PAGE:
“Yay! It’s surgery day!” exclaims Ava to her mom, Ashley Huberty, each time she heads to the operating room at Gillette Children’s Specialty Healthcare. Why does Ava so eagerly anticipate her surgeries? Although she enjoys the crafts, nighttime activities and the surprise of a new toy, Huberty explains the more serious reason for her daughter’s excitement: “She knows it fixes her pain.”

Ava has a rare orthopedic condition called multiple hereditary exostosis, which causes boney tumors to grow throughout her body. The tumors, though benign, must be surgically removed to prevent discomfort and permanent bone deformities, such as limb length discrepancies and limited joint movement.

At 9 years old, Ava has already undergone 10 surgeries. She’ll likely need surgeries every year until she reaches maturity. But the process is made easier, says Huberty, by Ava’s orthopedic surgeon, Stephen England, MD. “He listens to our concerns and genuinely cares. I can call with a question—even on the weekend—and he’ll get back to us right away.”

Because Ava often goes to school wearing one or more casts, she’s developed a straightforward explanation for her classmates. “I just tell them I have a bone disorder. That I grow extra bones and my doctor takes them off.”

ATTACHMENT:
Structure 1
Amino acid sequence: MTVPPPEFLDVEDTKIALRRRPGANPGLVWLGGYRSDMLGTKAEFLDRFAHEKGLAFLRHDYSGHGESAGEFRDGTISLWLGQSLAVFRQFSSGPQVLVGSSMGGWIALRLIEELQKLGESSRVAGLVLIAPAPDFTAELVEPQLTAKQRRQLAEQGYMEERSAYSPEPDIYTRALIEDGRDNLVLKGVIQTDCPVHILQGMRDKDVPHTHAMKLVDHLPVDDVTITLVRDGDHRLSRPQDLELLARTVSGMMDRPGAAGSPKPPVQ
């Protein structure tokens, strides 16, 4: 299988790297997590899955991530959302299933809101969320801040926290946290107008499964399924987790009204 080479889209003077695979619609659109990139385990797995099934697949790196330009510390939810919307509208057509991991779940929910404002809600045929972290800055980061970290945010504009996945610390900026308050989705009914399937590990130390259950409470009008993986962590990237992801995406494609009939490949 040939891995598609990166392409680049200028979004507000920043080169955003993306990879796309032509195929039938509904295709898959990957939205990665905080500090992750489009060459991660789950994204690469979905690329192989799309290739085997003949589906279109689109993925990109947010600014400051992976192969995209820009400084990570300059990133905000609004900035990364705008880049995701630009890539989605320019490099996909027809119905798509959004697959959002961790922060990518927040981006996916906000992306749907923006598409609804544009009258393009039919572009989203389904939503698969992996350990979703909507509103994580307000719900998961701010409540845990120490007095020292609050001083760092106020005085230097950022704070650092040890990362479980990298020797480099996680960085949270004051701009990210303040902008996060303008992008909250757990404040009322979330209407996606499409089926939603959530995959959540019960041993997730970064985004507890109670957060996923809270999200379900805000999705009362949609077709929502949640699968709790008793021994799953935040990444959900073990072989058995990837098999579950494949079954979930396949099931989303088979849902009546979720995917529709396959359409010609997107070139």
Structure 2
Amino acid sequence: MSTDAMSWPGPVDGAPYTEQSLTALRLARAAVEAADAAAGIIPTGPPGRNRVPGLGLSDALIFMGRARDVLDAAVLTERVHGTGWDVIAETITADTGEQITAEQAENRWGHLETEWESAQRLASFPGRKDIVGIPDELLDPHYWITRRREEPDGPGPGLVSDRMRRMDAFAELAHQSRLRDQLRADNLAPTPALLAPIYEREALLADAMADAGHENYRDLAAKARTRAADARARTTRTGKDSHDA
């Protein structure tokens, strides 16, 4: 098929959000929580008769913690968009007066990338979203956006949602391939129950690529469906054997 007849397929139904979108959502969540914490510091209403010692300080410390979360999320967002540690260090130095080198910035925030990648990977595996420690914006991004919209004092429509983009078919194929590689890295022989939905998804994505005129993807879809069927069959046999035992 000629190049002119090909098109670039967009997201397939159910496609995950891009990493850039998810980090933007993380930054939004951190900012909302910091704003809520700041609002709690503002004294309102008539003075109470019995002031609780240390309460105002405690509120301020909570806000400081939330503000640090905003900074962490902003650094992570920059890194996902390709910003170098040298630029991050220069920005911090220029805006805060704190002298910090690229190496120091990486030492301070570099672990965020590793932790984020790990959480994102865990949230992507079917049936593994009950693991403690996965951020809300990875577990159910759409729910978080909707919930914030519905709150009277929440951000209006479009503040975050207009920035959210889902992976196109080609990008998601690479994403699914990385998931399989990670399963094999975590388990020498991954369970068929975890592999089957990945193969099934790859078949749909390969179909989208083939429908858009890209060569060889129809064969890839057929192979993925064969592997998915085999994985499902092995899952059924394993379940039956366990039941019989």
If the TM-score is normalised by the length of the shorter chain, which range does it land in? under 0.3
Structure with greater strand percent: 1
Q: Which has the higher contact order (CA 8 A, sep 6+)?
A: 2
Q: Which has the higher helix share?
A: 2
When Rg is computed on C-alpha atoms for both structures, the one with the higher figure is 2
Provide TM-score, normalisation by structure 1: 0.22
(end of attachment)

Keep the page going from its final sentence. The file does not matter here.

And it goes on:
When Ava isn’t recovering from frequent surgeries, she loves creating dance routines and planting her garden. And when surgery becomes necessary she counts on her beloved cat, Charlie, to comfort her. “Charlie likes to lay by me after my surgeries,” says Ava. “He helps me feel better and knows not to touch the places that hurt.”

Huberty, who has the same genetic condition as her daughter, says Ava approaches it with more positivity than she did as a child. “Ava never asks ‘Why me?’ This condition can be rough and even painful, but she handles everything with bravery and happiness.”

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